In ancient times, kings often had sole authority to make laws, go to war, and do as they pleased. With much power came deep-seated corruption. Founding father Alexander Hamilton wanted to put George Washington on a pedestal and crown him America’s first king, but the Father of our country was all too familiar with the history of European monarchies to exalt himself to accept. By contrast, the first king of Israel, Saul, had little accountability, and as a result bypassed God’s laws for the sake of his selfish ambitions. Because the king rejected God, God rejected him and refused to establish his posterity on the throne (1 Samuel 13:13-14; 15:23). The Lord instead chose for himself a man after His own heart, the shepherd boy David. Israel’s second king repented often and genuinely returned to God when he sinned. Through David and his seed, God promised that the throne of his kingdom would be established forever (2 Samuel 7:12-16). This royal promise is ultimately fulfilled in the perfect Son of David, the Lord Jesus Christ. Earthly kings are limited in both time and location, but King Jesus has an everlasting kingdom over all mankind and creation. However, at present Jesus Christ does not physically rule on this Earth as King. This rule awaits His Second Coming, when the Davidic kingdom will once more become reality.
Imagine two vast and distant mountain peaks separated by a valley. From far away, the peaks seem to stand together, when in reality many miles may separate them. This is how Old Testament prophets foretold the work Christ: they often spoke of His first and second comings without any mention of the thousands of years between them. Consequently, practically every Jew anticipated a political king and did not comprehend the purpose and work of Jesus in His first coming. The Messiah came unto His own people, the Jews, and His own received him not (John 1:11).
What is next, then? “Hath God cast away his people? God forbid...God hath not cast away his people which he foreknew...but rather through their fall salvation is come unto the Gentiles” (Romans 11:1-2, 11). The dispensation of the church has been an enormous gap of time in God’s plan for Israel—at least two thousand years. The imminent coming of Jesus in the Rapture, which is quickly at hand, will be followed by a seven-year Tribulation period culminating in the Revelation of the King to establish His long-awaited millennial rule on Earth.
Jesus’ grand entrance was with unexpectedly humble beginnings. His royal lineage and right to the throne of David can be traced through Joseph’s ancestry in Matthew 1 and Mary’s line in Luke 3. No, the Savior was not born in a palace in Jerusalem, but instead of a virgin in a cattle shed cave in Bethlehem. Despite the shepherds spreading the glad tidings of the birth of the King (Luke 2) and the wise men from the East successfully finding the King of the Jews (Matthew 2), Jesus lived in obscurity until the age of thirty. As the King ministered, He demonstrated power over every form of evil, and proclaimed to all who repented and believed the gospel that “the kingdom of God is within you” (Luke 17:21).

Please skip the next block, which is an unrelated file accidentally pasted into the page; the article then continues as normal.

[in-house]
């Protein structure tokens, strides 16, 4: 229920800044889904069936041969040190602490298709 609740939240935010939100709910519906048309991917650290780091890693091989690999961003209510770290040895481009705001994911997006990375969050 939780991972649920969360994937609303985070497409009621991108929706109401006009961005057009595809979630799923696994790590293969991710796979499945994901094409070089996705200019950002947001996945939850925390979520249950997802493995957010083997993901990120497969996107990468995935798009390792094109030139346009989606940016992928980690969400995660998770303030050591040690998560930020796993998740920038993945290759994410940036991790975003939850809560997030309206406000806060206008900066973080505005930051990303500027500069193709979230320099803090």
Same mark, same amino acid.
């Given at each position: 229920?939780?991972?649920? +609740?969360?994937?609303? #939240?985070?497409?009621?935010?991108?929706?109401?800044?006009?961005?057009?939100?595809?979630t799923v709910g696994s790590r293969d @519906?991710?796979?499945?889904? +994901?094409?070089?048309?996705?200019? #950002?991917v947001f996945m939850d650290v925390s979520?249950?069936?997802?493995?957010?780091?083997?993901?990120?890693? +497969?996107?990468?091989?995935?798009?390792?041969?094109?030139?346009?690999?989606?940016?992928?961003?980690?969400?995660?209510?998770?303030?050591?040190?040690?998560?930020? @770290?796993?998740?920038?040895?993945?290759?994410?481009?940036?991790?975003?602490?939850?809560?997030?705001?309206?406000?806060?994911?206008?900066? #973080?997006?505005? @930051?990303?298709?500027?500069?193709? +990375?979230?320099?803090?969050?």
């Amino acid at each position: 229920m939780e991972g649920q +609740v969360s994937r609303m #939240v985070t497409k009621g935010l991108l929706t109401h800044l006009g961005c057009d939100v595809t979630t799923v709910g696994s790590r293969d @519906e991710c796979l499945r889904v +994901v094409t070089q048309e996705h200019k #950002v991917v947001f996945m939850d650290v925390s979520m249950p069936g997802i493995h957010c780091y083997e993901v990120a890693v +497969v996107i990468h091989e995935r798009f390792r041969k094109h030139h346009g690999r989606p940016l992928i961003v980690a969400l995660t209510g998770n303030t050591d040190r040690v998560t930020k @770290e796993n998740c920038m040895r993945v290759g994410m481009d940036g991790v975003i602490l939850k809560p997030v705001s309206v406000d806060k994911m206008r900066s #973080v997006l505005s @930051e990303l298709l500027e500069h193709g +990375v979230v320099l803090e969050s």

At the young age of thirty-three, the appointed time came for the Lamb of God to bear the
sins of the world. Unjustly arrested and then abandoned by His own disciples, Jesus stood before Israel’s rulers in a circus trial. Before Caiaphas, the chief priests, and the Sanhedrin, Jesus stated of Himself, “ye shall see the Son of man sitting on the right hand of power, and coming in the clouds of heaven” (Mark 14:62). Another ruler, Pilate, “said unto him, ‘Art thou a king then?’ Jesus answered, ‘Thou sayest that I am a king. To this end was I born, and for this cause came I into the world, that I should bear witness unto the truth’” (John 18:37). Christ was scourged, beaten, and mocked as the King of the Jews, and His death on the cross of Calvary seemed to be the end of the Savior. Three days later, hallelujah, the Savior arose on Sunday morning, triumphing over death and sin!
Though no king has sat on the physical throne of David in Israel for the last 2,500 years, God is always true to His word. Since Christ is the promised Messiah, He must fulfill all that is prophesied of Him. While we anticipate a physical future aspect to the Kingdom of God, the spiritual Kingdom of God is here and now, with Christ on the throne. The apostle Paul attests to Christ Jesus being “the blessed and only Potentate, the King of Kings, and Lord of lords” (1 Timothy 6:15). Jesus is the eternal King, immanently seated upon his throne and currently exercising power over all creation. In His first coming He successfully fought to deliver sinners from the bondage of sin; in the present, He leads his followers; in the future, He will return and assume the throne of David in Jerusalem. Those who are saved are His subjects and are destined to participate in an eternal kingdom. His theocratic rule will extend over all the Earth after the end of the Tribulation (Revelation 19-20), and He will reign over all nations will be with a rod of iron in righteousness and peace.
The above article was written by Jim Larger. He is the pastor of Friendship Baptist Church in Farmersburg, IN. To offer him your feedback, comment below or email us at firstname.lastname@example.org.
Every Tuesday, SFL publishes relevant Bible-based content. Check back next Tuesday to read the next SFL article.
Isaiah 53 is the greatest chapter in the Old Testament and one of the greatest proclamations of the gospel in Scripture. Pastor Johnson presents four reasons why we all should love it.